Wednesday, April 24, 2013

"Time doesn’t run backwards."

This is the best put-down I think I've ever seen, of "expectations" in economics. From Steve Roth:

... cause really does almost always precede effect. Time doesn’t run backwards. (Unless you believe, like many economists, that people, populations: 1. form both confident and accurate expectations about future macro variables, 2. fully understand the present implications of those expectations, and 3. act “rationally” — as a Platonic economist would — based on that understanding.)

But while I'm on the subject of expectations, I want to round up some excerpts from Maynard. From The General Theory, Chapter 5: Expectation as Determining Output and Employment:
ALL production is for the purpose of ultimately satisfying a consumer. Time usually elapses, however — and sometimes much time — between the incurring of costs by the producer (with the consumer in view) and the purchase of the output by the ultimate consumer. Meanwhile the entrepreneur (including both the producer and the investor in this description) has to form the best expectations he can as to what the consumers will be prepared to pay when he is ready to supply them (directly or indirectly) after the elapse of what may be a lengthy period; and he has no choice but to be guided by these expectations, if he is to produce at all by processes which occupy time.

... It is upon these various expectations that the amount of employment which the firms offer will depend. The actually realised results of the production and sale of output will only be relevant to employment in so far as they cause a modification of subsequent expectations...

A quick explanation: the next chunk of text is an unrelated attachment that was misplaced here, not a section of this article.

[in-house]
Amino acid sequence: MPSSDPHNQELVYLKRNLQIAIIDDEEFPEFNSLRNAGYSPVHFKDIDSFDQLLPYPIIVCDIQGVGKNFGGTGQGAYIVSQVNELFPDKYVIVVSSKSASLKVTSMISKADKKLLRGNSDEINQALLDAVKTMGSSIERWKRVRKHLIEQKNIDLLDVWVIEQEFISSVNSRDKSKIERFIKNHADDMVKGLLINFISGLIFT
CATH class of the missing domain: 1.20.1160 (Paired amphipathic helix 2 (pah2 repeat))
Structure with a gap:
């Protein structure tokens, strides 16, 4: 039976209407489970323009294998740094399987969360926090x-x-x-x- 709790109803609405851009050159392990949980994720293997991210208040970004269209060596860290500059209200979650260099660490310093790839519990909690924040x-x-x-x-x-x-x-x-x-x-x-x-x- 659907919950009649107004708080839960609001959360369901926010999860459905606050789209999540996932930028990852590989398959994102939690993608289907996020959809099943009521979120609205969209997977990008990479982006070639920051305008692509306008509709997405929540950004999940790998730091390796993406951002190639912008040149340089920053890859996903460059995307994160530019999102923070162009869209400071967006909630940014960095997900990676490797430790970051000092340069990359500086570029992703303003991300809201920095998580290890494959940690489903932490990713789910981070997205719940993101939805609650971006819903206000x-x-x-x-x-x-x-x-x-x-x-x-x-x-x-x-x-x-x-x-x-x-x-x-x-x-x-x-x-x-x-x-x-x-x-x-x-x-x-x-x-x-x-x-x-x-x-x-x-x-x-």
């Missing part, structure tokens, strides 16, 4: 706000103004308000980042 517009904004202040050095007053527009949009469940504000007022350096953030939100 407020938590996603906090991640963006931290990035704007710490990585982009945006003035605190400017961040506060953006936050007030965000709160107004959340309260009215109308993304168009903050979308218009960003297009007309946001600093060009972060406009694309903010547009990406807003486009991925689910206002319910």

It would be too complicated to work out the expectations de novo whenever a productive process was being started; and it would, moreover, be a waste of time since a large part of the circumstances usually continue substantially unchanged from one day to the next. Accordingly it is sensible for producers to base their expectations on the assumption that the most recently realised results will continue, except in so far as there are definite reasons for expecting a change.

So the rule is that expectations are based on existing conditions (or "recent results").

For the world's economists, everything depends on expectations. For me, expectations depend on the results we're getting now.

Which come first? Easy. Results come first. Results set the standard.

Graph #1: US Real GDP Growth Rate Since 1975

See that high spot there, that big peak just before 1985? That was expectations. That's what we got from electing Ronald Reagan. Everybody had great expectations.

But it didn't last. Look at the graph. Everything since 1985 stinks.

// update, 4:03 AM

By coincidence, Marcus yesterday showed this graph,

Graph #2, Source: Marcus Nunes

He pointed out the low spot in it, and wrote:

I wonder if the July 1932 ‘bottom’ is associated with FDR´s nomination acceptance speech on July 2, 1932.

Yes to that. I think that's how "expectations" works. You get a great surge of optimism or pessimism that cannot last long. Cannot last, because it's based on expectations rather than on economic fundamentals like cost. You get a trend anomaly and that's about it.

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